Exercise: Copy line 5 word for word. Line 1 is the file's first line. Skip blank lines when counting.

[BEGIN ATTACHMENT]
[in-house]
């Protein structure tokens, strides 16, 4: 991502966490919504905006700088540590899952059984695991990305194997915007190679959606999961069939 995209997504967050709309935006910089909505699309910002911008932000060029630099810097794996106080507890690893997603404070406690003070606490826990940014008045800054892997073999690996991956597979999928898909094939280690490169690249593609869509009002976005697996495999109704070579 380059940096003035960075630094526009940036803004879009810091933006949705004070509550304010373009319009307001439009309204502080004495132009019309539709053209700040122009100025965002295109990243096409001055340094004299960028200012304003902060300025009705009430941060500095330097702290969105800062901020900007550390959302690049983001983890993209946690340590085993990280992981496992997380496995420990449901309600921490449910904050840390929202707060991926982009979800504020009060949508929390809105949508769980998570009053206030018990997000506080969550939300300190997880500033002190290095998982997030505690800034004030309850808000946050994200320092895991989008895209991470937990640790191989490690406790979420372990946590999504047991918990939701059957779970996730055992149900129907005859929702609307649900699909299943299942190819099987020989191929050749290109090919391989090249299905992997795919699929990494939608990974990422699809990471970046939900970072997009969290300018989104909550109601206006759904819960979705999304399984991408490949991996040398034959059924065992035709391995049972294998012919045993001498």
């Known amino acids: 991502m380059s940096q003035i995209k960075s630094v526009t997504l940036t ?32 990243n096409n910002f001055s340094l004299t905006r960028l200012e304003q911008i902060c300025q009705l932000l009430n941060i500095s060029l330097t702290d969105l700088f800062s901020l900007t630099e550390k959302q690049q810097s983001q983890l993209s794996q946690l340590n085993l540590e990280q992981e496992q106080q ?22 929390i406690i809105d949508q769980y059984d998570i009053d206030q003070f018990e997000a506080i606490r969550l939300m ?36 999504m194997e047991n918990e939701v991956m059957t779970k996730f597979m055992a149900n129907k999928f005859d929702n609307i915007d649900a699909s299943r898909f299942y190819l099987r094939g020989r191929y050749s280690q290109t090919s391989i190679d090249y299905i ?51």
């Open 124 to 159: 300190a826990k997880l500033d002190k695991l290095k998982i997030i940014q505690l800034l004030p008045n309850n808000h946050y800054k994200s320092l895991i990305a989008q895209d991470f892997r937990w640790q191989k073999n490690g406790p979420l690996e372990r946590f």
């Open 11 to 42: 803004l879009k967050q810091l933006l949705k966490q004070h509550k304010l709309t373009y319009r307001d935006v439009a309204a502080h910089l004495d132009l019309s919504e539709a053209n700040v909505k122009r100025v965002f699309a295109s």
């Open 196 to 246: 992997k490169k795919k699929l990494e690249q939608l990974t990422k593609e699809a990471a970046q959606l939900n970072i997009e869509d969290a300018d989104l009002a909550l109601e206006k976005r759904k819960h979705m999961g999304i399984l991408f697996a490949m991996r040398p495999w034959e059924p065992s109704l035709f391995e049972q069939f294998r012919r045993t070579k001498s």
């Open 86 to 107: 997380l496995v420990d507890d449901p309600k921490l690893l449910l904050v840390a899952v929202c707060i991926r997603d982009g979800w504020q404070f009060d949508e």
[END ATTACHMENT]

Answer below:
């Open 11 to 42: 803004l879009k967050q810091l933006l949705k966490q004070h509550k304010l709309t373009y319009r307001d935006v439009a309204a502080h910089l004495d132009l019309s919504e539709a053209n700040v909505k122009r100025v965002f699309a295109s």